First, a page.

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Stan is two parts mischief, one part firework, until one day a cold wind comes and changes everything. This Rowan Hoban-illustrated picture book, Two Parts Mischief – the first from northern children’s book publisher Wild Rumpus Press, aims to start a conversation about depression. Each copy of the book comes with a digital track of the author’s reading accompanied by music by Folie a Deux Femmes.

Wild Rumpus is a homage to Maurice Sendak. Did you draw much inspiration from his work?
Sendak is a true master whose stories I’ve been reading to my children for years, so it’s hard to imagine his influence hasn’t worked its way into my writing, however indirectly. What’s most inspiring to me is his ability to create, within a very short number of words and images, a world that is entirely coherent and strange at the same time, and also find a way to weave darker threads into his tales without them ever bullying the narrative into cowed submission. Two Parts Mischief – at least in terms of the physical book – is certainly inspired by old copies of Sendak, as well as a small handful of others. We deliberately went for lovely thick heavy paper that’s well bound and a pleasure to hold while you’re reading, and a restrained visual style avoiding some of the glossy bells and whistles so common to children’s books these days, which would, I think, have got in the way of the beautiful illustrations.

How closely did you work with artist Rowan Hoban and clarinet and harpist duo Folie a Deux Femmes on Two Parts Mischief?
Rowan was there from the off. I couldn’t have been luckier in that the perfect illustrator for the story happened to have children at the same primary school as mine. I’d send her the latest instalments at night and we’d talk about them in the playground in the morning, then she’d go off and get busy with her brushes and pencils. It took three years to get to the point where I was happy with the words and she was ready to complete the images, and it was in the later stages that the wonderful Charly and Fontane came along. I’d worked with them before and knew just how talented they were, so was immensely thrilled when they showed such enthusiasm for the story. In both cases, with the music and the illustrations, we all talked until we felt we all had a clear idea of what might work, but then they went off to concentrate on working up their own parts and letting their own expertise shine. What really counts is having people working together who have similar sensibilities and responses, and I really believe that the three elements – words, images, music – have ended up working brilliantly together, with each element enriching and illuminating the others.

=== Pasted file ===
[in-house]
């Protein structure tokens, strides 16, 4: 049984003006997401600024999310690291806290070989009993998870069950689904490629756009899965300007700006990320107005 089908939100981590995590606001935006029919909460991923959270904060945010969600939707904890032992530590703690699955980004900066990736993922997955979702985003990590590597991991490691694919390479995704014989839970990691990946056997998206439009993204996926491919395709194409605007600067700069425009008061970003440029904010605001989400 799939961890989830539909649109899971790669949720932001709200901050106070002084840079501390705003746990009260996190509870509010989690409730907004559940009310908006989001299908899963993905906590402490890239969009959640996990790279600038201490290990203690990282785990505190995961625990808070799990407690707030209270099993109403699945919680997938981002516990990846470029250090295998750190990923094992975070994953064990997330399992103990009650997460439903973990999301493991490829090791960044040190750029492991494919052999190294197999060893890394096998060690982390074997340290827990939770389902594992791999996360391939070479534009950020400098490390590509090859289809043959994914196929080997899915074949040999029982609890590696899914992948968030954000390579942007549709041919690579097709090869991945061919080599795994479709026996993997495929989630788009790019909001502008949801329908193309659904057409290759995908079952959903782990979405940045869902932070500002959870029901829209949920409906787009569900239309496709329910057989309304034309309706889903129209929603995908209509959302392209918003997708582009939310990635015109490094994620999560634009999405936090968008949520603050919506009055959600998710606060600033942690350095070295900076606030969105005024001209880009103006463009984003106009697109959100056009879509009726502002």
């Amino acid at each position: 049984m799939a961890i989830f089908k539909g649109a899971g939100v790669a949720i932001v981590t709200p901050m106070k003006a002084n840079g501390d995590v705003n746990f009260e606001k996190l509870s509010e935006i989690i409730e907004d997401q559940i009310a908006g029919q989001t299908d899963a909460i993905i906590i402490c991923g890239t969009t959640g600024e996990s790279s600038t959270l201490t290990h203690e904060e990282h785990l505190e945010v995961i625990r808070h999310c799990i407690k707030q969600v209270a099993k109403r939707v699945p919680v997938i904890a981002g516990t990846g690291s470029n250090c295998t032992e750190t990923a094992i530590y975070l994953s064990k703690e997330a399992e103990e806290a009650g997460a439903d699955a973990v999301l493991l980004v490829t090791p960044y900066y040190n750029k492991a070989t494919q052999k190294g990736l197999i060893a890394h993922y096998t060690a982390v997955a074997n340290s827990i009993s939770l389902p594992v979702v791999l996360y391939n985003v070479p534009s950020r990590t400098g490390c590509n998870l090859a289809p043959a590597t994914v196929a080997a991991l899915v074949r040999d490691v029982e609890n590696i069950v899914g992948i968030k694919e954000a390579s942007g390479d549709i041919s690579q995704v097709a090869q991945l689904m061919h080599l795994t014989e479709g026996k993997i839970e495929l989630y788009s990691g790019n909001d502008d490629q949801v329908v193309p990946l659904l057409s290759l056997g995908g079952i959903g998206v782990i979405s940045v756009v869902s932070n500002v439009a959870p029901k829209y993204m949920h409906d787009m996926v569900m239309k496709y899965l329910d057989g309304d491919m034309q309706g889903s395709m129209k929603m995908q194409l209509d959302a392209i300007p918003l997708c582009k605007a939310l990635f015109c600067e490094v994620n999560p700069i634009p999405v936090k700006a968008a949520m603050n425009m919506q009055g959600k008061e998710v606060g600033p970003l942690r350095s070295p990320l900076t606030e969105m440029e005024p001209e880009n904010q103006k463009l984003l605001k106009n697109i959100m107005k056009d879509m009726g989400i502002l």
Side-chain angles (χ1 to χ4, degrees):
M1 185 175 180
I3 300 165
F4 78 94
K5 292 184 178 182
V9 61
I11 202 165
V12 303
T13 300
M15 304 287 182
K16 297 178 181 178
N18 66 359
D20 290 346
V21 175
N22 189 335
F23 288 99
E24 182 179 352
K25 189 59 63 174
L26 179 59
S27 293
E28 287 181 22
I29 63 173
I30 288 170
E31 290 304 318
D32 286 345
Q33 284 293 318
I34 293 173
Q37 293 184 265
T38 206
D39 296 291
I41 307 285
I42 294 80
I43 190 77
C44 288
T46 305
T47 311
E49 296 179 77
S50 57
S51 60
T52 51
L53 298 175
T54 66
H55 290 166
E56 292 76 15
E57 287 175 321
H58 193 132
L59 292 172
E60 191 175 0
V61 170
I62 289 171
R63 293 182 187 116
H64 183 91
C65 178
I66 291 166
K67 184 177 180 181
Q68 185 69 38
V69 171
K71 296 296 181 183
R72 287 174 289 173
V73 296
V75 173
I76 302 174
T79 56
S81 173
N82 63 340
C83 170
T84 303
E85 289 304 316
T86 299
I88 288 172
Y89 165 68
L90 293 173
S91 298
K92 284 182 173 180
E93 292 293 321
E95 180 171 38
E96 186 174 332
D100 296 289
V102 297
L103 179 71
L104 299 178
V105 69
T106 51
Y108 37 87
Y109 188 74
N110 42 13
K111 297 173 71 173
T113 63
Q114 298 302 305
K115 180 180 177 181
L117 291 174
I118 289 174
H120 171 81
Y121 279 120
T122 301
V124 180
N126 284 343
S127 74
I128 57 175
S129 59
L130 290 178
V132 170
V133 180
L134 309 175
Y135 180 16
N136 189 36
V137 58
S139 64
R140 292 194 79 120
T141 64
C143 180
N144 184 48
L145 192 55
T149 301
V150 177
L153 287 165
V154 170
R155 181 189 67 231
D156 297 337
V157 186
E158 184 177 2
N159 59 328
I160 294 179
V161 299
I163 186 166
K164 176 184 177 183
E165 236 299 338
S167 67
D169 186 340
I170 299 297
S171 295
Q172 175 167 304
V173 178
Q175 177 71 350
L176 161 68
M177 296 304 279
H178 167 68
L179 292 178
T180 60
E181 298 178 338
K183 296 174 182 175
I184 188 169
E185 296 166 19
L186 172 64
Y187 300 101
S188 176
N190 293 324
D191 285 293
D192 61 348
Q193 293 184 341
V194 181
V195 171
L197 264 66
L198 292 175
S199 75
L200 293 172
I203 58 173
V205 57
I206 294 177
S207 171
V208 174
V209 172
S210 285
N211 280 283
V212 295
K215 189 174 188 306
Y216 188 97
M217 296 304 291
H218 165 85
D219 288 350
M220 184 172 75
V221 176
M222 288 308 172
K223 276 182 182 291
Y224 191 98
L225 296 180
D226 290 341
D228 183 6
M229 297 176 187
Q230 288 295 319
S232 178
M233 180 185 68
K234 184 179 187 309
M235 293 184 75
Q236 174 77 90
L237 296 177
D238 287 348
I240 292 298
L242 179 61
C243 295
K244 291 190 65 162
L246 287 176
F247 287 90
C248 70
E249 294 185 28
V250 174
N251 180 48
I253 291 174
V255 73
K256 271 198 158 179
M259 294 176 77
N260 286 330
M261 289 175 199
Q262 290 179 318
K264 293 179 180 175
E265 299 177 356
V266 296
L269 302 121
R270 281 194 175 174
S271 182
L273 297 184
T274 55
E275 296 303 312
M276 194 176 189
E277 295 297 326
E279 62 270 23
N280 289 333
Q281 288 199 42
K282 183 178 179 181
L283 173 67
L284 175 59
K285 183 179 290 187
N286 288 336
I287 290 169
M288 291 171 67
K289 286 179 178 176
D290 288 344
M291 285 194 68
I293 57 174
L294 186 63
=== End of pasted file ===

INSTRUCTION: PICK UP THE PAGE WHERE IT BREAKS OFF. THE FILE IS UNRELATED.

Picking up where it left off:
What inspired the story of Stan?

Well firstly, it is just that, a story, and hopefully Stan exists as a fully-formed character in his own right. But of course there are connections back to personal experiences and those of people around me that feed into his tale – it’s just a little tricky pinpointing the precise nature of those connections. There’s a line from a poem I read when I was a teenager – “When I was five the dark dreams came/ Come back slowly or never come” – that always stuck with me, and echoed loudly upon seeing my own children hit that point when suddenly odd, dark clouds began appearing in the blue skies of their imaginations. Perhaps that’s it, but then again they’re all girls and Stan’s a lad so it’s only a very partial answer.

Is it important to start a narrative about mental health with our children?
Certainly, yes, but it has to be done with an extremely deft touch or it’ll either scare them or send them running – Joy Division songs and Beckett monologues on the futility of it all probably aren’t the way to go. What’s very important, I think, is that we make children realise that it’s perfectly normal for them and those around them to experience a whole range of feelings, both light and dark. Too often we want them to go on forever thinking it’s all ice cream and sparkles, I’ve done it myself – but when, inevitably, they hit a bump in the road they can be left feeling isolated and confused. Finding a way to give them at least a bit of a grasp on the territory in advance could make a big difference.

Do you think children really need to know sadness before they can know joy?
Children are terrific at experiencing feelings in the raw and I’m sure that when you’re very young you can enjoy moments of unadulterated joy that may have nothing to do with sadness at all. It’s a mark of getting a little older, though, that emotions become more interdependent, more wrapped up with each other. That’s when I think it becomes hard to really get a taste of joy without a flavouring of sadness caught within it. In the story Stan learns to cherish the cold wind that had made him gloomy by filling him up “like milk from the fridge/might fill up a cup.” I like to think he’s finally better off for the experience.

In an increasingly interactive and digital age, is it important to diversify children’s literature?
People can become very grim about the impact of the digital world on children’s literature but I’m fairly relaxed about it. I have abundant faith in the appetite for rich, well-told stories never really diminishing. If there is increased competition for children’s attention these days, then fine, the onus is on writers and publishers to fight in order to deserve it. Thinking hard about enriching stories and the characters they contain, whether through specially commissioned music, animation, puppet shows, digital add-ons or whatever it may be – if done properly it’s certainly going to help literature fight its corner long into the future.

Antonia Charlesworth

Interact: Responses to Author Q&A:
Geoff Bird

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